И смотришь в печали, И снег синей… Темные дали, И блистательный бег саней… И когда со мной встречаются Неизбежные глаза, – Глуби снежные вскрываются, Приближаются уста… Вышина. Глубина. Снеговая тишь. И ты молчишь. И в душе твоей безнадежной Та же легкая, пленная грусть. О, стихи зимы среброснежной! Я читаю вас наизусть.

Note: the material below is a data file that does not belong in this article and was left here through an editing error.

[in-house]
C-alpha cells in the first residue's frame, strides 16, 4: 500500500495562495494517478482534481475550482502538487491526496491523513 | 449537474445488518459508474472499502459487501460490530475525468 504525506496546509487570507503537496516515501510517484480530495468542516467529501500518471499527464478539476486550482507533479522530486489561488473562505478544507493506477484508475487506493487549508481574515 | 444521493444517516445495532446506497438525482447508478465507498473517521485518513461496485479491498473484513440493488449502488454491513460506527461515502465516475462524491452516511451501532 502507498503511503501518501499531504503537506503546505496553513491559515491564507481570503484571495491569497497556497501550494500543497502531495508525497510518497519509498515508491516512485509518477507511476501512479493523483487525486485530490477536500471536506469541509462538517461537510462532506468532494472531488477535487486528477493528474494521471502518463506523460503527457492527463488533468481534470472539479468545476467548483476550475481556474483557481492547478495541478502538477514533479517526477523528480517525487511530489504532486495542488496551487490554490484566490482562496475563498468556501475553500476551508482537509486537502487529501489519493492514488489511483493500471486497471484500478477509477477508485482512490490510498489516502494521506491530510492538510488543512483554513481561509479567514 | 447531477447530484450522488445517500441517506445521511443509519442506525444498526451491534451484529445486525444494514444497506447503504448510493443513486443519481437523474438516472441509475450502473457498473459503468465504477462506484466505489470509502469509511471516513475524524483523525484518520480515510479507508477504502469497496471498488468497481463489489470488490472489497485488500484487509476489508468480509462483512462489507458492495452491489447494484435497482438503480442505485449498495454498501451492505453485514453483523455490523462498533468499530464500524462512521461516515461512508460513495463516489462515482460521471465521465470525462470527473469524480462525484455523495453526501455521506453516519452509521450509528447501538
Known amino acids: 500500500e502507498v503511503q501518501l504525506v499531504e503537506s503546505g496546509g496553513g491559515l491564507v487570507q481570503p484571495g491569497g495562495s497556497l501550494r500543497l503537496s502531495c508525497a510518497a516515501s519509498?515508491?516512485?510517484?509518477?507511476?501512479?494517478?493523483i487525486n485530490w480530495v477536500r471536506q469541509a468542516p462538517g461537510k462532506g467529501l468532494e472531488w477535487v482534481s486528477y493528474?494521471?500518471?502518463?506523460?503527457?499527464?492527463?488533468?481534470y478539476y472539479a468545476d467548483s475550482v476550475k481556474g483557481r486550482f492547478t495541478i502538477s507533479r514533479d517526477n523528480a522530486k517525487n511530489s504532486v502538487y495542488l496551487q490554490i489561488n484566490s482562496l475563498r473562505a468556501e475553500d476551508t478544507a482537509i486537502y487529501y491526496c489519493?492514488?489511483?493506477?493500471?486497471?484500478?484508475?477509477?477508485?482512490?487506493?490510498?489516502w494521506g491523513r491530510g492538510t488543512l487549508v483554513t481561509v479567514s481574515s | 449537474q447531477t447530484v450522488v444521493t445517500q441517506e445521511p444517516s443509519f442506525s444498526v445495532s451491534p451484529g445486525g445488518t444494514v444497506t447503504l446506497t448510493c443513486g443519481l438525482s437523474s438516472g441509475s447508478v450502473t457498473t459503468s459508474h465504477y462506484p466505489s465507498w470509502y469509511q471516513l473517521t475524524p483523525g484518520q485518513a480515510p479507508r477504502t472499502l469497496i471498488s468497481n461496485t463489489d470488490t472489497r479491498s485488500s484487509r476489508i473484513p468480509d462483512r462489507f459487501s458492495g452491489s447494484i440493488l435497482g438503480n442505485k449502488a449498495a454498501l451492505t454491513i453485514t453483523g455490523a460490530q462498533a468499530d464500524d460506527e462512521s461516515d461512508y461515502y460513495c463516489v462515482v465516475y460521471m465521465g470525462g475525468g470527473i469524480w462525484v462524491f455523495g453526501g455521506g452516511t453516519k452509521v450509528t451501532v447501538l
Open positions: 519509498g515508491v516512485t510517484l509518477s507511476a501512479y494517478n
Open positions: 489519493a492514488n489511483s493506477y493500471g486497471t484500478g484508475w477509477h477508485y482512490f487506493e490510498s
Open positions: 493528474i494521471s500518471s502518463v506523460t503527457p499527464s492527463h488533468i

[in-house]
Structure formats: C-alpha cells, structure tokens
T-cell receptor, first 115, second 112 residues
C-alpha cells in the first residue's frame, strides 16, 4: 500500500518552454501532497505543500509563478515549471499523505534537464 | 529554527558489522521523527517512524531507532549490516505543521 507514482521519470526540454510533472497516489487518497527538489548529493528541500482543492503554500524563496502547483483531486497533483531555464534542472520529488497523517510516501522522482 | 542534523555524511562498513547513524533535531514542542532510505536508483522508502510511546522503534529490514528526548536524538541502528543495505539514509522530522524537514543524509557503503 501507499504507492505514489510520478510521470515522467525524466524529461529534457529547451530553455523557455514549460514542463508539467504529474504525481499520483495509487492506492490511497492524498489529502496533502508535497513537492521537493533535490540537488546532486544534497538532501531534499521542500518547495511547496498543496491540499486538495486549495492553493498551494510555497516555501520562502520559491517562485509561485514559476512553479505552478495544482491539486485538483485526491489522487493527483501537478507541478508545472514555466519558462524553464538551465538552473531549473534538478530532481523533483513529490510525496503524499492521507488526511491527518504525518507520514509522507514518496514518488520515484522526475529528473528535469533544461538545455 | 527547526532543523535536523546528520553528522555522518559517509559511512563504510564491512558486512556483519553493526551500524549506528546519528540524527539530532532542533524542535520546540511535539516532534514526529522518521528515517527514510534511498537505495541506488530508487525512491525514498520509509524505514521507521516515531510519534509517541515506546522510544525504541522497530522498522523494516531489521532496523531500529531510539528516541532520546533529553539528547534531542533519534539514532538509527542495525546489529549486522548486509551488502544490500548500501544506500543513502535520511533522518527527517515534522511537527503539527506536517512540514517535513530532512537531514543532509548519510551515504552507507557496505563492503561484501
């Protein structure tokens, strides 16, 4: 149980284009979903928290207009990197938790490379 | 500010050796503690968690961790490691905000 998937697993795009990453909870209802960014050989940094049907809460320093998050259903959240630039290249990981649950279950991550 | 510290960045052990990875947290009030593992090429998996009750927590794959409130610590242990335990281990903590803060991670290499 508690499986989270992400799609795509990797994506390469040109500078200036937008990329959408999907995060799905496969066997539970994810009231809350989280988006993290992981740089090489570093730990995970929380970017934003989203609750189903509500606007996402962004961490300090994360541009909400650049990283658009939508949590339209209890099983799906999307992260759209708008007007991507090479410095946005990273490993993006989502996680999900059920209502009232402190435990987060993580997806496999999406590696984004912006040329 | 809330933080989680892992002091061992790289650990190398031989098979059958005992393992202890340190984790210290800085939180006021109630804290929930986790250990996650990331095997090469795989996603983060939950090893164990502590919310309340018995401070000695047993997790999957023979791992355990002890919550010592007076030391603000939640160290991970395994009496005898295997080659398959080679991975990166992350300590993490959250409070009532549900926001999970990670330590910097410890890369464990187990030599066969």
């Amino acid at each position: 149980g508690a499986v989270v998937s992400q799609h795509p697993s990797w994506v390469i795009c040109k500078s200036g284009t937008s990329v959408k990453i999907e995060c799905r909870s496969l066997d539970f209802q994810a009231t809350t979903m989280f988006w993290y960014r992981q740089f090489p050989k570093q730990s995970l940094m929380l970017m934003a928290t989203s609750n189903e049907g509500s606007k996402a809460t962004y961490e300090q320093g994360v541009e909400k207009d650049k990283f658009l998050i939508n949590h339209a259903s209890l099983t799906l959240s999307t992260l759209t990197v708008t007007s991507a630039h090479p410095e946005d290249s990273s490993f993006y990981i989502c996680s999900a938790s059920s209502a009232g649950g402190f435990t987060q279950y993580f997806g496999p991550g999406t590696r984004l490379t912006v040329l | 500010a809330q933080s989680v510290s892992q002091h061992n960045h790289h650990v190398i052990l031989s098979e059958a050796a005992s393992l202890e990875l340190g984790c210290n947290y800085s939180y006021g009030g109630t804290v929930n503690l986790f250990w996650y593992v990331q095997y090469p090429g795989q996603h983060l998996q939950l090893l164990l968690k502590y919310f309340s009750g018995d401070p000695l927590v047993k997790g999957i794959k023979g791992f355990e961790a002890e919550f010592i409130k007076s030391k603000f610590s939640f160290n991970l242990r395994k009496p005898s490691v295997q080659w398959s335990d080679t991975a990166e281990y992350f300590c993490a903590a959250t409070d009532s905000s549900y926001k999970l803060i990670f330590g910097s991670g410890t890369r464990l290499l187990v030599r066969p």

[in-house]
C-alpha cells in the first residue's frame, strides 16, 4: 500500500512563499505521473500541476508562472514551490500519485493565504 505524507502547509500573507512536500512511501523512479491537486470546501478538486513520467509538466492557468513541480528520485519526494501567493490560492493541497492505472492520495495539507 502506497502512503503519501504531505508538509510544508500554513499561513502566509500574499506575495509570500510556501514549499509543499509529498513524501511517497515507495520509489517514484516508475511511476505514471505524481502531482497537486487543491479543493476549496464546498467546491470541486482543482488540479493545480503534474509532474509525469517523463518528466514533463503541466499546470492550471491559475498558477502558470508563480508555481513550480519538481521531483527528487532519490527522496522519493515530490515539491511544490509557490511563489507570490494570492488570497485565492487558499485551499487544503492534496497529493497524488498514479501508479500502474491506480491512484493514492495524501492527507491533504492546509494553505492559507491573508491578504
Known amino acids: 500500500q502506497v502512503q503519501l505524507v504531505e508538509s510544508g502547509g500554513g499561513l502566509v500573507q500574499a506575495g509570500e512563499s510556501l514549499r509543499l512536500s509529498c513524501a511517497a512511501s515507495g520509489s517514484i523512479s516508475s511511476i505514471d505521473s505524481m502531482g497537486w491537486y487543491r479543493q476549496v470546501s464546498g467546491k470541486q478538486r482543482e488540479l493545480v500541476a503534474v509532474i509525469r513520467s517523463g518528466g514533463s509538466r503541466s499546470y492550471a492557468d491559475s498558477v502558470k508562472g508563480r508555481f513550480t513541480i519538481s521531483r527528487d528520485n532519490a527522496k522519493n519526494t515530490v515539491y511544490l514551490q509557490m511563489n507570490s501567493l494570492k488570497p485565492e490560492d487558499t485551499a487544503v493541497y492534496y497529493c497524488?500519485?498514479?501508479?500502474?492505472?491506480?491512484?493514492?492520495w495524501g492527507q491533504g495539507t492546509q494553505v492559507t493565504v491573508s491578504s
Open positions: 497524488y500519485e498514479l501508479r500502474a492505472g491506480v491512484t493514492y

Moydodyr is a 1923 poem for children by Korney Chukovsky about a magical creature by the same name. The name may be literally translated as “Wash'em'clean”, or “Clean ‘til Holes”. The poem is about a small boy who does not want to wash. He gets so dirty that all his toys, clothes and other possessions decide to magically leave him. Suddenly, from the boy’s mother’s bedroom appears Moydodyr—an anthropomorphic washstand. He claims to have powers over all washstands, soap bars, and sponges. He scolds the boy and calls his soap bars and sponges to wash him. The boy tries to run away, chased by a vicious sponge. The chase is described as happening on Petrograd streets. Finally they meet another recurring character from Chukovsky’s books—the Crocodile. The Crocodile swallows the sponge and becomes angry with the boy for being so dirty. Scared by the Crocodile, the boy goes back to Moydodyr and takes a bath. The poem ends with a moralistic note to children on the virtue of hygiene.